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The First King of Shannara

Reviewed: August 12, 2008
By: Terry Brooks
Publisher: Del Rey Books
480 pages, $10.99

There are many ways to create a setting for a science fiction or fantasy novel. In the Star Wars saga, for instance, George Lucas began with that memorable title opening “A long time ago in a galaxy far, far away...” reversing the usual expectation that would see an SF novel set in the future.

A great many fantasy novels, from Tolkien’s Lord of the Rings to Robert E Howard's Conan the Barbarian, seem to be set in a much earlier period of our planet’s history, in some half remembered pre-cataclysmic time. Like Lucas Terry Brooks reversed our expectations.

The first of Brooks’ Shannara novels, The Sword of Shannara, seemed to be a straightforward attempt to emulate the Tolkien pattern and therefore seemed to be another time-lost fantasy, By the second and third books, however, Brooks had begun to break away from his inspiration (most notably in the creation of strong female characters) and had taken the Quest formula in new directions while still paying homage to the basic concept.

One of the big changes was that we became aware that these stories were set in our future rather than in our past. The basic idea was that science and magic were different ways of approaching the organization and manipulation of the world. Sometimes one of them dominates and sometimes the other, but both are always present to some degree.

After writing the third book in his original trilogy, Brooks decided to back up and tell us more about how it started. Most of the books since have been filling in this back story, relating the fall of the science based world, the rise of the magic users and the centuries of events that led to the original story.

If you look at a reading list for Brooks’ novels you will find this one listed before Sword. That makes sense in that the events of this novel take place several generations before the events in Sword. Where it doesn’t make sense is that some of the charm of that first, occasionally clumsy, novel lies in the fact that you don’t know about the fall of the druids, the origin of the druid mage Allanon, the genealogy of Shea’s family or the provenance and power of the Sword of Shannara.

For me reading First King for the first time now was enhanced by the number of times I stopped and went ‘Oh - so that’s what that was about.’ Of course, you could enjoy the novel because it contains all sorts of foreshadowing for things that will come later, but I liked it the other way around for the same reason that I would never encourage anyone to read C,S. Lewis’ The Magician’s Nephew before reading The Lion, The Witch and the Wardrobe.

The outline of this novel is pretty much embedded in the history lessons contained in the original trilogy. The science based world fell apart (a story that Brooks has begun to tell in his latest sequence of novels, The Genesis of Shannara) and magic reigned. With the magic came creatures of Lovecraftian strangeness, and the reemergence of the Elves, who had been with us all along, but had been hiding. Dwarves and some other humanoid species seem to have mutated from human stock during the great disaster (a nuclear war? an ecological catastrophe?) and have taken on names and characteristics remembered from old legends.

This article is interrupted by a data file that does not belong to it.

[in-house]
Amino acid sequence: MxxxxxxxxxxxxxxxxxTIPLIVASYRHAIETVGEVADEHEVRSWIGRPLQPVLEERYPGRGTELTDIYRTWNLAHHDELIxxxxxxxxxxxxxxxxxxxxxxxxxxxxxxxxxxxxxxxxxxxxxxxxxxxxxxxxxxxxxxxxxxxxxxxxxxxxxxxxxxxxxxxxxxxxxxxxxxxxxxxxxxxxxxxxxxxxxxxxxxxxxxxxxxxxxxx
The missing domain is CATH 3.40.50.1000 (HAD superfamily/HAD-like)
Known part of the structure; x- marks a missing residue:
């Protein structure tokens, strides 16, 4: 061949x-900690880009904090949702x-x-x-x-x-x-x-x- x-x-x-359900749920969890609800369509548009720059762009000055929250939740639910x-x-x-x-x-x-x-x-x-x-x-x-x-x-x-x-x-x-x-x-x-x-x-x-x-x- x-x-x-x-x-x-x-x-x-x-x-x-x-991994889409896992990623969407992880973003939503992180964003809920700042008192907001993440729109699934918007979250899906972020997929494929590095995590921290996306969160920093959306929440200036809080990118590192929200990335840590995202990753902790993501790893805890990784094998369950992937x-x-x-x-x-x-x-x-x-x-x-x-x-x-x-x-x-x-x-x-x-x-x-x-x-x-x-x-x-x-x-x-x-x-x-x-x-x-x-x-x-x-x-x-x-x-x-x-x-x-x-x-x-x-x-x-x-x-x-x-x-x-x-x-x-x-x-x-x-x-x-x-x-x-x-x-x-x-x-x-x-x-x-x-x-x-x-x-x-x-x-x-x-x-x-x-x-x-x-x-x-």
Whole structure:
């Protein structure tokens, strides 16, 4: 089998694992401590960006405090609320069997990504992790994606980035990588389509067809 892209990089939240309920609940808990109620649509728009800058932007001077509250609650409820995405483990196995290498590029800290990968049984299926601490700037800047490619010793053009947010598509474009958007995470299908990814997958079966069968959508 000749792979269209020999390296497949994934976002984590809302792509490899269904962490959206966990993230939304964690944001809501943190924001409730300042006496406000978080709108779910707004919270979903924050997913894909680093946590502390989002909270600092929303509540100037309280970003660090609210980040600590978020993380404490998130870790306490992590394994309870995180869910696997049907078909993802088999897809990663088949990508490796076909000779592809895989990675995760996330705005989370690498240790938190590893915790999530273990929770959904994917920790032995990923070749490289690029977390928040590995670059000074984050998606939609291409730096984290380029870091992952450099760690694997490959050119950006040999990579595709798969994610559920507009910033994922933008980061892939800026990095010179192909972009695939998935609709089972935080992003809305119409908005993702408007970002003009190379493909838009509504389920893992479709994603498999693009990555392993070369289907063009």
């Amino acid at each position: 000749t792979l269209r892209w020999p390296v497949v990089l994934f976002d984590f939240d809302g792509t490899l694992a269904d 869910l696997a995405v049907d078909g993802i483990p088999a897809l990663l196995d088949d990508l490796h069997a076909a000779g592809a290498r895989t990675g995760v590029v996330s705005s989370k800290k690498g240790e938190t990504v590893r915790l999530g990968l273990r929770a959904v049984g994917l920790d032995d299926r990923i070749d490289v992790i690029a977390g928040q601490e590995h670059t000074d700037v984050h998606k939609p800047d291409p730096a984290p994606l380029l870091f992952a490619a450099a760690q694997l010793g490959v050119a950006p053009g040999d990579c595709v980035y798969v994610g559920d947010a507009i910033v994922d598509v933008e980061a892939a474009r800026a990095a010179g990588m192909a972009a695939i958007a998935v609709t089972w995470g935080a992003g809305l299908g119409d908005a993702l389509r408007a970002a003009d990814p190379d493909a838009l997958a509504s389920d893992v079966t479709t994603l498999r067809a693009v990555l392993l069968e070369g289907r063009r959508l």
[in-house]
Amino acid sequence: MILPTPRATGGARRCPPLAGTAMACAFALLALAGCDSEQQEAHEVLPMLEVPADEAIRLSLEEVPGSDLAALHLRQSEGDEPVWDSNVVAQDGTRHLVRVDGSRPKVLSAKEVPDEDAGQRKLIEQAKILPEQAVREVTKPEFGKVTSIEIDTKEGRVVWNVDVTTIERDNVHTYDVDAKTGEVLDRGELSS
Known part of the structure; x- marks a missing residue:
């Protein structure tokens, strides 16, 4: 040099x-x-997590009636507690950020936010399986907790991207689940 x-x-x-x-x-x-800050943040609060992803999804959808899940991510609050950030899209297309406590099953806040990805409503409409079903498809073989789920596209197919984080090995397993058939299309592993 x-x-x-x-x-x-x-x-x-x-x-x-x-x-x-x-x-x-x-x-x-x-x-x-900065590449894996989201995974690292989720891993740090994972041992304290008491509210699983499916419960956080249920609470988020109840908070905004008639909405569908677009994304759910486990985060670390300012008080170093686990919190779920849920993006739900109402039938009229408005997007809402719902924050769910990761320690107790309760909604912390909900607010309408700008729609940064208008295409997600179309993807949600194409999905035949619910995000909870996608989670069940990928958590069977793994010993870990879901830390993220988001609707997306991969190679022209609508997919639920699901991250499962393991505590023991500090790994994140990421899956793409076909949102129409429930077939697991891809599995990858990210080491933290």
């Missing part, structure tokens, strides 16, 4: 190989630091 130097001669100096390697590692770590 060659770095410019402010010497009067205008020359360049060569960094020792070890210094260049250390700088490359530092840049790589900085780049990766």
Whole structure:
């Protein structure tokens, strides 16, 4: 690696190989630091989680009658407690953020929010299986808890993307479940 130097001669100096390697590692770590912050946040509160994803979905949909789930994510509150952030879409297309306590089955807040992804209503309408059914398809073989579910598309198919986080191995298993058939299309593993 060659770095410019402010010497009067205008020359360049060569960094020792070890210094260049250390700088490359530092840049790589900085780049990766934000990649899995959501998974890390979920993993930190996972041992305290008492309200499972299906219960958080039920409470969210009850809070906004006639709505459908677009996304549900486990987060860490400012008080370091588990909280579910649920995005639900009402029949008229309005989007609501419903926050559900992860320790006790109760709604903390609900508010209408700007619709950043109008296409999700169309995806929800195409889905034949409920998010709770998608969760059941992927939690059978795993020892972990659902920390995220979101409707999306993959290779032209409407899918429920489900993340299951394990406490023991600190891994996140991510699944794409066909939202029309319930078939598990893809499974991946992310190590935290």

The Druids developed as a kind of monastic order dedicated to the preservation of knowledge and history. They knew something of science, but more of magic, and it seems clear that either way of looking at the world can work positively or can be corrupted.

Brona, or the Warlock Lord, became corrupt, learned how to stretch out his life, amassed great power and sought control. He bent the supernatural creatures to his will. There were still lots of humans around, and it appears they were duped into joining him in a genocidal crusade against the other races. He was beaten, but not killed.

All that was centuries ago, and now he is back, raising armies, hatching plots, marching on the strongholds of any who had opposed him before.

In the beginning the only ones who believe in the danger and will act to counter him are Bremen, an estranged druid; Kinson Ravenlock, a Borderman and tracker; and two other druids. Tay Trefenwyd is an Elf, and a druid who specializes in earth magic. Risca is a Dwarf and a warrior druid.

Others will be added during the triple quests that drive the plot. Tay is sent to find the Black Elfstone and keep the Warlock Lord from getting it. He is also to rouse the Elves. Risca is sent to mobilize the Dwarves. Bremen and Kinson try to save the druids and failing that, to create a weapon with which to destroy Brona’s power. Along the way they are joined by Mareth, the only other druid to escape Brona’s wrath at the sacking of the druid’s citadel of Paranor. She is one of two essential female characters in this book, the other being Preia, the Elf tracker and warrior maid who becomes the wife of Jerle Shannara. He, in turn, becomes the first king of the title.

I enjoyed most of this book, but to my taste it has a flaw, and it’s the same one as in the original trilogy. Brooks likes to describe battles and I feel that he spends way too much space detailing the struggles of defenders against desperate odds. Fantasy novels don’t tend to be character driven, but the quieter moments in this book are among the most interesting, and I found myself wishing there were more of those and less bombast.

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